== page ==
Opioid Epidemic - Political and Policy Lessons

from the United States in Responding to the Opioid Epidemic
Thursday, 14 November 2019 - 11:30 am to 1:30 pm
Contact information
Contact person: 
Anna Bogic
Registration required: 
Cost to attend: 
Free of charge
Event language: 
Event sponsors: 
Fulbright Canada. Ottawa Hub for Harm Reduction. University of Ottawa Centre for Health Law, Policy and Ethics

Both the United States and Canada have seen an explosion in opioid-related overdoses and other public health consequences. While the opioid epidemic has affected other industrialized countries, its impact has been particularly devastating to our two countries. Indeed, earlier this year, Prime Minister Justin Trudeau and President Donald Trump put aside animosity from trade disputes to pledge to work together on this shared crisis. While there was criticism about the lack of focus on opioids in the recent Canadian election, the opioid epidemic in the United States has a large role in American politics and policymaking, resulting in some of the only bipartisan healthcare legislation passed in the current political environment. This presentation will offer a general overview on the American approach to the opioid crisis and its effect in health policy and criminal justice issues. Additionally, it will focus on one policy approach in the United States as a case study on federalism: prescription drug monitoring programs (PDMPs). But while PDMPs have a role in harm reduction, there are concerns that their use can lead to a “chilling effect”: government officials may want to utilize PDMP data not only for public health but also for law enforcement. This conflict is playing out as the Trump administration seeks to influence state PDMP operations but also as it seeks to force a state PDMP to grant access to federal law enforcement.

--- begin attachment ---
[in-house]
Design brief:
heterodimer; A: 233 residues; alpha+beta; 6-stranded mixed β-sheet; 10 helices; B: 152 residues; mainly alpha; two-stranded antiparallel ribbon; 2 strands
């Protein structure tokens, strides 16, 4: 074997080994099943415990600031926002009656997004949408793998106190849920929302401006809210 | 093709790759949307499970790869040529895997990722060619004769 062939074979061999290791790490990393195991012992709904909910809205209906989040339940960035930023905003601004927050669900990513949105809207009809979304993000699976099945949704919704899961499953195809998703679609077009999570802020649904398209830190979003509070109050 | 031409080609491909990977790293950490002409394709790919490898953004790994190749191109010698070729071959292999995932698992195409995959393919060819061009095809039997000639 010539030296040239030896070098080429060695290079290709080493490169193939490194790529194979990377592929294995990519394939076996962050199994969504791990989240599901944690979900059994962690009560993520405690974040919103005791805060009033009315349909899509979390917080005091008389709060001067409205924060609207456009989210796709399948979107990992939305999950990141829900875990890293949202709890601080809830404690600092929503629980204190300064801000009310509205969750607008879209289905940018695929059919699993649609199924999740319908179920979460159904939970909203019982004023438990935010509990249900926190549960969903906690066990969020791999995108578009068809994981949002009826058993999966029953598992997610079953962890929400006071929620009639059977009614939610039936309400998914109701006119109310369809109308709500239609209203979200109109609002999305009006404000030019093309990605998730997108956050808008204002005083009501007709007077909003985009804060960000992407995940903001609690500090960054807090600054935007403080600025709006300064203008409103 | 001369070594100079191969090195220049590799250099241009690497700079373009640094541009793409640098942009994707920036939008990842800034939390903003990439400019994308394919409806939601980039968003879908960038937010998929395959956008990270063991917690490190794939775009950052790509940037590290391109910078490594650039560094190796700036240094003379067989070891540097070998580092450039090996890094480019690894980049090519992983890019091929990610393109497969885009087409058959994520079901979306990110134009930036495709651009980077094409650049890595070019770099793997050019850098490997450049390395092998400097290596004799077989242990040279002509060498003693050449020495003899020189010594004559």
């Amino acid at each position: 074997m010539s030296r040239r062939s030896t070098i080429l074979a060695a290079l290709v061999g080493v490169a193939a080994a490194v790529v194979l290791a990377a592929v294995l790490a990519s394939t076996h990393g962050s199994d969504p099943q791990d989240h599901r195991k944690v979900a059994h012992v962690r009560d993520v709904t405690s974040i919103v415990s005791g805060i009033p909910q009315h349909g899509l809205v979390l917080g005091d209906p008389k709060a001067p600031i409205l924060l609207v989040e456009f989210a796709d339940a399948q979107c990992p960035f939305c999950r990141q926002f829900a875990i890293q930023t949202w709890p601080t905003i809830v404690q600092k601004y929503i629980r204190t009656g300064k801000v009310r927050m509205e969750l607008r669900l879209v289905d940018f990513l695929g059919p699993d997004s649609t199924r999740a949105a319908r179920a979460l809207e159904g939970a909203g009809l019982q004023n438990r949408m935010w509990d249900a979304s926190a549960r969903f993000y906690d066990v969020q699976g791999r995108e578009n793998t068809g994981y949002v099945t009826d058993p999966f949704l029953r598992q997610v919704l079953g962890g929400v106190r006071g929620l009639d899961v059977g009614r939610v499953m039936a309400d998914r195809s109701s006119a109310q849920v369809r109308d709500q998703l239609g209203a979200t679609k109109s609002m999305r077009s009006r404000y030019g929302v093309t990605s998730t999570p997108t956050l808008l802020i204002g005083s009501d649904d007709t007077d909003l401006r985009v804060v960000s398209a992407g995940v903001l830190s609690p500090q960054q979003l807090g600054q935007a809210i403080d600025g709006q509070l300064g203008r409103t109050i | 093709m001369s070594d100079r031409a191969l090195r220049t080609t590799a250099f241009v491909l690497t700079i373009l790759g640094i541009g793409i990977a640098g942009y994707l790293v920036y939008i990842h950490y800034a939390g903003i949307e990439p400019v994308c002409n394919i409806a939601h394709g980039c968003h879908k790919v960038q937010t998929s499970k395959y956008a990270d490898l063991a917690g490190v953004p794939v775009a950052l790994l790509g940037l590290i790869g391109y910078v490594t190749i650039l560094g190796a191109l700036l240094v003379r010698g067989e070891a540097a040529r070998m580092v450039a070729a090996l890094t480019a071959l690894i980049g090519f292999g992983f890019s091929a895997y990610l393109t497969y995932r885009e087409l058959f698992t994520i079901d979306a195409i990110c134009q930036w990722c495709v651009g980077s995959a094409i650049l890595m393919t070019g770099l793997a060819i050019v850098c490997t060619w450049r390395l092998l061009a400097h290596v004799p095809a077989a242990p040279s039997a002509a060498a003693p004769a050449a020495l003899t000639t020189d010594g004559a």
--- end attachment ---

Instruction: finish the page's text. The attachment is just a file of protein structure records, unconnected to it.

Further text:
Oliver Kim is a Fulbright Scholar at the Centre on Governance (UOttawa).

Lunch provided at 11:30 am. Talk begins at 12:00 noon.